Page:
Here in Another Prototype Saddle Michaela asks: The fenders should be wider though. Those are needed to protect the leg from the horses sweat, don’t they?
Originally I had planned on putting fenders on and still could at an additional cost. Yes the fenders do protect the leg from sweat. However, in early saddles fenders were more of an option or preference as the original saddles had only leathers as seen in my prototype. Remember that the Western Saddle is an offspring of European saddles, the Spanish version more than English, however the English saddle played its role in early Spanish saddles.
Fenders… Well I actually prefer fenders on my Western saddle, but am pretty picky about how they are shaped as I hate having my boots hang up on the durn things. I prefer a very supple fender too that provides good solid contact with my horse. I’d rather that the fenders on my saddle feel more like a second skin so-to-speak. I spent about 50% of my life riding English style saddles. Dressage, jump, hunt and all purpose, flat seat and variations there of. My favorite is the close contact dressage saddle. Although when I was riding those close contact flat seat saddles on hot Hot HOT Park horses I really could stick a horse. When I get around to putting fenders on my saddle whether that being as part of the early prototype or added later they will be similar to these that you see below in the early Texas Hope. If you noticed, I used the stirrup covers from this saddle in my prototype.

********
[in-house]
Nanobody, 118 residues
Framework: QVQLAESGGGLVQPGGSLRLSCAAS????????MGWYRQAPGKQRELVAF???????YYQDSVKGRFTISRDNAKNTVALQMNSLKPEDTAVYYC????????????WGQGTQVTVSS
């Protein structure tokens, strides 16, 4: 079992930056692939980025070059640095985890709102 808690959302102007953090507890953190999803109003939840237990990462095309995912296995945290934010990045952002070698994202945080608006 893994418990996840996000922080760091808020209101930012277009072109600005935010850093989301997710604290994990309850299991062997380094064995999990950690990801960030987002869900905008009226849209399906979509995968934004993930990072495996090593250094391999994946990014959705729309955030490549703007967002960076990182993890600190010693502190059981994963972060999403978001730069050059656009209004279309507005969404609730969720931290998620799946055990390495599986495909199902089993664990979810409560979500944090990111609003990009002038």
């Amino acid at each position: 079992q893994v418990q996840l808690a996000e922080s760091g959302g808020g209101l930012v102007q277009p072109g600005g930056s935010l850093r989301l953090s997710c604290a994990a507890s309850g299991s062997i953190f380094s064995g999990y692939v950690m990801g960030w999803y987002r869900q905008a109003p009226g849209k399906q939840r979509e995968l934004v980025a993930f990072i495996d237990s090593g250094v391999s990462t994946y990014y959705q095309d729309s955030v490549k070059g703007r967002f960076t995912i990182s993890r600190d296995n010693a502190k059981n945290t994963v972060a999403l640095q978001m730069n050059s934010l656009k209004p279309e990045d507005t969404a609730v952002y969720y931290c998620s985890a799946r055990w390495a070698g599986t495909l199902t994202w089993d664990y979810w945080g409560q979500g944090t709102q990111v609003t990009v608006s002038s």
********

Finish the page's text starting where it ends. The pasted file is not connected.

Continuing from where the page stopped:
Early Texas Hope
The prototype I posted yesterday is correct for an early 1800’s model, although I was informed today by a master saddle maker and early saddle historian that I should go back to my black or nearly black leather, that would be more authentic to the period and the dies available to the saddle makers of the times. I will keep my rawhide strings and may exchange out my dark laces for rawhide laces to add that Mexican feel back. I have combined Civil War, New Mexican/Santa Fe and old style Texican styles to end up with this saddle. Adding or omitting here or there to do in like manner of the early cowboy, soldier, or pioneer and build my saddle to suit me, my horse and the job he will be asked to do. All perfectly authentic right down to lacing parts together rather than riveting them and tying rather buckles.
This Hope saddle is similar to the one that Confederate General Joseph E. Johnston was riding at Seven Pines. Go to 19th Century Military Saddles to see more versions of Hope military saddles. While you are there check out this bare bones version of an early Hope saddle.
If I were a saddle builder I would insist that the owner/rider spend a great deal of time studying and developing a saddle to suit what they are going to be doing with their horse. Paisano will be trail (long) ridden distances (lighter and less leather easier to fix), plus performing in 1800’s period exhibitions.